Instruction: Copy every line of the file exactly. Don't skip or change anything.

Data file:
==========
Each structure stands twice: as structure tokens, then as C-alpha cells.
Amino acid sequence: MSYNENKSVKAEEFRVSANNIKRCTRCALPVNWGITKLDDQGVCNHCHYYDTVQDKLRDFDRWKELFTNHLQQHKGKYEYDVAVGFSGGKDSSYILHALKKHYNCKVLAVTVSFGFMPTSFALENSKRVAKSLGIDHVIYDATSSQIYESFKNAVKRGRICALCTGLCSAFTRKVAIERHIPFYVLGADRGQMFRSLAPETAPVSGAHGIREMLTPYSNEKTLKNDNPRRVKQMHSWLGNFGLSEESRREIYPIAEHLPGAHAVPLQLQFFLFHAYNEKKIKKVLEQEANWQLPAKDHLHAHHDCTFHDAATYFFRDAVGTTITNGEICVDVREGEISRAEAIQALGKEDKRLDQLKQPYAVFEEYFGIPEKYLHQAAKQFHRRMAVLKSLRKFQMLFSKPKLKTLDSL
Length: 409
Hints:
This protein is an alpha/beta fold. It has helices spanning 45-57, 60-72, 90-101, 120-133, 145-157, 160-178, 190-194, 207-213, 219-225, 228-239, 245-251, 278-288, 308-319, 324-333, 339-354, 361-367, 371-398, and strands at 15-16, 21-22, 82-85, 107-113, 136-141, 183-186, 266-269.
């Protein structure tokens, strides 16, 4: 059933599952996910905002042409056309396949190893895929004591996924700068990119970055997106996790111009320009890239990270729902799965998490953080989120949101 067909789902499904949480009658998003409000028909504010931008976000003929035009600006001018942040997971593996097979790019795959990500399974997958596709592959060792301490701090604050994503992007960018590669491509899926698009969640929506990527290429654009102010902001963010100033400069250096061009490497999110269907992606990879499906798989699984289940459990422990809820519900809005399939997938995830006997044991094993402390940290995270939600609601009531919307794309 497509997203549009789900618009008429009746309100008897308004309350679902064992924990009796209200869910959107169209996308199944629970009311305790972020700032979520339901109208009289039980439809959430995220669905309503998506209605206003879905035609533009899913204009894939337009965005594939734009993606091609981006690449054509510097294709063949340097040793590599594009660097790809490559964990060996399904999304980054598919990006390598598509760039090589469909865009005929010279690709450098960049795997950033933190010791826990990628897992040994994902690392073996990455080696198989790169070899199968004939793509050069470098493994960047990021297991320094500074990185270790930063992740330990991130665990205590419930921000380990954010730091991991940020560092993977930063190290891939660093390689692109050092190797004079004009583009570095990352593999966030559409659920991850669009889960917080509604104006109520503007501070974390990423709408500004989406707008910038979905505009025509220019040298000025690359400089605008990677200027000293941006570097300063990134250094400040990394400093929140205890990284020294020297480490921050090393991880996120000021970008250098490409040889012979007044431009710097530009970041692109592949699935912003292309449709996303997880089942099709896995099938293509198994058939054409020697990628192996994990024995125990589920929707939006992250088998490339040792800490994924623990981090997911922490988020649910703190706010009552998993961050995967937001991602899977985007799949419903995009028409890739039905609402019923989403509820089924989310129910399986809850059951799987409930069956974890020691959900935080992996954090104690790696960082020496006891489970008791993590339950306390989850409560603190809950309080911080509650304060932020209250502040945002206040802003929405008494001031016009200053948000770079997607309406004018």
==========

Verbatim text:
Each structure stands twice: as structure tokens, then as C-alpha cells.
Amino acid sequence: MSYNENKSVKAEEFRVSANNIKRCTRCALPVNWGITKLDDQGVCNHCHYYDTVQDKLRDFDRWKELFTNHLQQHKGKYEYDVAVGFSGGKDSSYILHALKKHYNCKVLAVTVSFGFMPTSFALENSKRVAKSLGIDHVIYDATSSQIYESFKNAVKRGRICALCTGLCSAFTRKVAIERHIPFYVLGADRGQMFRSLAPETAPVSGAHGIREMLTPYSNEKTLKNDNPRRVKQMHSWLGNFGLSEESRREIYPIAEHLPGAHAVPLQLQFFLFHAYNEKKIKKVLEQEANWQLPAKDHLHAHHDCTFHDAATYFFRDAVGTTITNGEICVDVREGEISRAEAIQALGKEDKRLDQLKQPYAVFEEYFGIPEKYLHQAAKQFHRRMAVLKSLRKFQMLFSKPKLKTLDSL
Length: 409
Hints:
This protein is an alpha/beta fold. It has helices spanning 45-57, 60-72, 90-101, 120-133, 145-157, 160-178, 190-194, 207-213, 219-225, 228-239, 245-251, 278-288, 308-319, 324-333, 339-354, 361-367, 371-398, and strands at 15-16, 21-22, 82-85, 107-113, 136-141, 183-186, 266-269.
């Protein structure tokens, strides 16, 4: 059933599952996910905002042409056309396949190893895929004591996924700068990119970055997106996790111009320009890239990270729902799965998490953080989120949101 067909789902499904949480009658998003409000028909504010931008976000003929035009600006001018942040997971593996097979790019795959990500399974997958596709592959060792301490701090604050994503992007960018590669491509899926698009969640929506990527290429654009102010902001963010100033400069250096061009490497999110269907992606990879499906798989699984289940459990422990809820519900809005399939997938995830006997044991094993402390940290995270939600609601009531919307794309 497509997203549009789900618009008429009746309100008897308004309350679902064992924990009796209200869910959107169209996308199944629970009311305790972020700032979520339901109208009289039980439809959430995220669905309503998506209605206003879905035609533009899913204009894939337009965005594939734009993606091609981006690449054509510097294709063949340097040793590599594009660097790809490559964990060996399904999304980054598919990006390598598509760039090589469909865009005929010279690709450098960049795997950033933190010791826990990628897992040994994902690392073996990455080696198989790169070899199968004939793509050069470098493994960047990021297991320094500074990185270790930063992740330990991130665990205590419930921000380990954010730091991991940020560092993977930063190290891939660093390689692109050092190797004079004009583009570095990352593999966030559409659920991850669009889960917080509604104006109520503007501070974390990423709408500004989406707008910038979905505009025509220019040298000025690359400089605008990677200027000293941006570097300063990134250094400040990394400093929140205890990284020294020297480490921050090393991880996120000021970008250098490409040889012979007044431009710097530009970041692109592949699935912003292309449709996303997880089942099709896995099938293509198994058939054409020697990628192996994990024995125990589920929707939006992250088998490339040792800490994924623990981090997911922490988020649910703190706010009552998993961050995967937001991602899977985007799949419903995009028409890739039905609402019923989403509820089924989310129910399986809850059951799987409930069956974890020691959900935080992996954090104690790696960082020496006891489970008791993590339950306390989850409560603190809950309080911080509650304060932020209250502040945002206040802003929405008494001031016009200053948000770079997607309406004018």